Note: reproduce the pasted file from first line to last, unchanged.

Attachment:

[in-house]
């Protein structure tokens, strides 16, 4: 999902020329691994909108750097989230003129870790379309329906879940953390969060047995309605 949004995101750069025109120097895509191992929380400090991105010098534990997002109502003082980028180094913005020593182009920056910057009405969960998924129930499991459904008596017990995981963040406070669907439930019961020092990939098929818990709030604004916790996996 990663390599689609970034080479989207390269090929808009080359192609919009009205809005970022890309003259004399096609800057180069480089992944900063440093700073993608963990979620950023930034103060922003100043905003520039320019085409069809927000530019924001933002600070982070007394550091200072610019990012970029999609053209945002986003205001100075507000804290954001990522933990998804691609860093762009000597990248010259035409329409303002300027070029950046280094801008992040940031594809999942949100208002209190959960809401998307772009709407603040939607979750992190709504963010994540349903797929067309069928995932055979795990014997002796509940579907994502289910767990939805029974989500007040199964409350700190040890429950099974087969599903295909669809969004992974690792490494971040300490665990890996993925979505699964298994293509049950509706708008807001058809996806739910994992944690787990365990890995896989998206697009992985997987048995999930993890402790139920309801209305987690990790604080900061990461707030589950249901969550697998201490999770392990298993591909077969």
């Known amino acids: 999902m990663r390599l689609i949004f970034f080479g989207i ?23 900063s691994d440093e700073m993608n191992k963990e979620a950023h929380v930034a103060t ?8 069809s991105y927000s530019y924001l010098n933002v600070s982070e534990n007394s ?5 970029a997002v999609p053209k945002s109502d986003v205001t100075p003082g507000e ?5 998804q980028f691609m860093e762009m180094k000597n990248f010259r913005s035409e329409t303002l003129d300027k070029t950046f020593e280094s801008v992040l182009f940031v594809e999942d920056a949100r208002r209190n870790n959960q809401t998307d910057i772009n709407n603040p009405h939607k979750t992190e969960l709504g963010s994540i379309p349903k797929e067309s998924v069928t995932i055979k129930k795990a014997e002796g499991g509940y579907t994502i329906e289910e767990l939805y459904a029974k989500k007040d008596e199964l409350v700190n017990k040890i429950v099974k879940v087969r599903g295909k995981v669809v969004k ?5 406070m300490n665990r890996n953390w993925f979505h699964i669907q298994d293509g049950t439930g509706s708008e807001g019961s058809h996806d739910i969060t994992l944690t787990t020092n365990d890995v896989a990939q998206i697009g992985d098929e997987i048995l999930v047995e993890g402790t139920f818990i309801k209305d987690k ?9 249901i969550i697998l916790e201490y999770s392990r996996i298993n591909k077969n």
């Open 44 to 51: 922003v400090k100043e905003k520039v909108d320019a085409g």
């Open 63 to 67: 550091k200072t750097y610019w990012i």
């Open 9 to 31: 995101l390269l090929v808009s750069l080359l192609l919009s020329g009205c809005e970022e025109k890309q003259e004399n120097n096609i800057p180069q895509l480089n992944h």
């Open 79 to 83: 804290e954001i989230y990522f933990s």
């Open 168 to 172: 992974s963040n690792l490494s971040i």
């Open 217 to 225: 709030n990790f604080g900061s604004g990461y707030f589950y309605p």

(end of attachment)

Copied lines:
[in-house]
């Protein structure tokens, strides 16, 4: 999902020329691994909108750097989230003129870790379309329906879940953390969060047995309605 949004995101750069025109120097895509191992929380400090991105010098534990997002109502003082980028180094913005020593182009920056910057009405969960998924129930499991459904008596017990995981963040406070669907439930019961020092990939098929818990709030604004916790996996 990663390599689609970034080479989207390269090929808009080359192609919009009205809005970022890309003259004399096609800057180069480089992944900063440093700073993608963990979620950023930034103060922003100043905003520039320019085409069809927000530019924001933002600070982070007394550091200072610019990012970029999609053209945002986003205001100075507000804290954001990522933990998804691609860093762009000597990248010259035409329409303002300027070029950046280094801008992040940031594809999942949100208002209190959960809401998307772009709407603040939607979750992190709504963010994540349903797929067309069928995932055979795990014997002796509940579907994502289910767990939805029974989500007040199964409350700190040890429950099974087969599903295909669809969004992974690792490494971040300490665990890996993925979505699964298994293509049950509706708008807001058809996806739910994992944690787990365990890995896989998206697009992985997987048995999930993890402790139920309801209305987690990790604080900061990461707030589950249901969550697998201490999770392990298993591909077969």
């Known amino acids: 999902m990663r390599l689609i949004f970034f080479g989207i ?23 900063s691994d440093e700073m993608n191992k963990e979620a950023h929380v930034a103060t ?8 069809s991105y927000s530019y924001l010098n933002v600070s982070e534990n007394s ?5 970029a997002v999609p053209k945002s109502d986003v205001t100075p003082g507000e ?5 998804q980028f691609m860093e762009m180094k000597n990248f010259r913005s035409e329409t303002l003129d300027k070029t950046f020593e280094s801008v992040l182009f940031v594809e999942d920056a949100r208002r209190n870790n959960q809401t998307d910057i772009n709407n603040p009405h939607k979750t992190e969960l709504g963010s994540i379309p349903k797929e067309s998924v069928t995932i055979k129930k795990a014997e002796g499991g509940y579907t994502i329906e289910e767990l939805y459904a029974k989500k007040d008596e199964l409350v700190n017990k040890i429950v099974k879940v087969r599903g295909k995981v669809v969004k ?5 406070m300490n665990r890996n953390w993925f979505h699964i669907q298994d293509g049950t439930g509706s708008e807001g019961s058809h996806d739910i969060t994992l944690t787990t020092n365990d890995v896989a990939q998206i697009g992985d098929e997987i048995l999930v047995e993890g402790t139920f818990i309801k209305d987690k ?9 249901i969550i697998l916790e201490y999770s392990r996996i298993n591909k077969n």
């Open 44 to 51: 922003v400090k100043e905003k520039v909108d320019a085409g």
């Open 63 to 67: 550091k200072t750097y610019w990012i």
């Open 9 to 31: 995101l390269l090929v808009s750069l080359l192609l919009s020329g009205c809005e970022e025109k890309q003259e004399n120097n096609i800057p180069q895509l480089n992944h």
């Open 79 to 83: 804290e954001i989230y990522f933990s």
């Open 168 to 172: 992974s963040n690792l490494s971040i």
């Open 217 to 225: 709030n990790f604080g900061s604004g990461y707030f589950y309605p």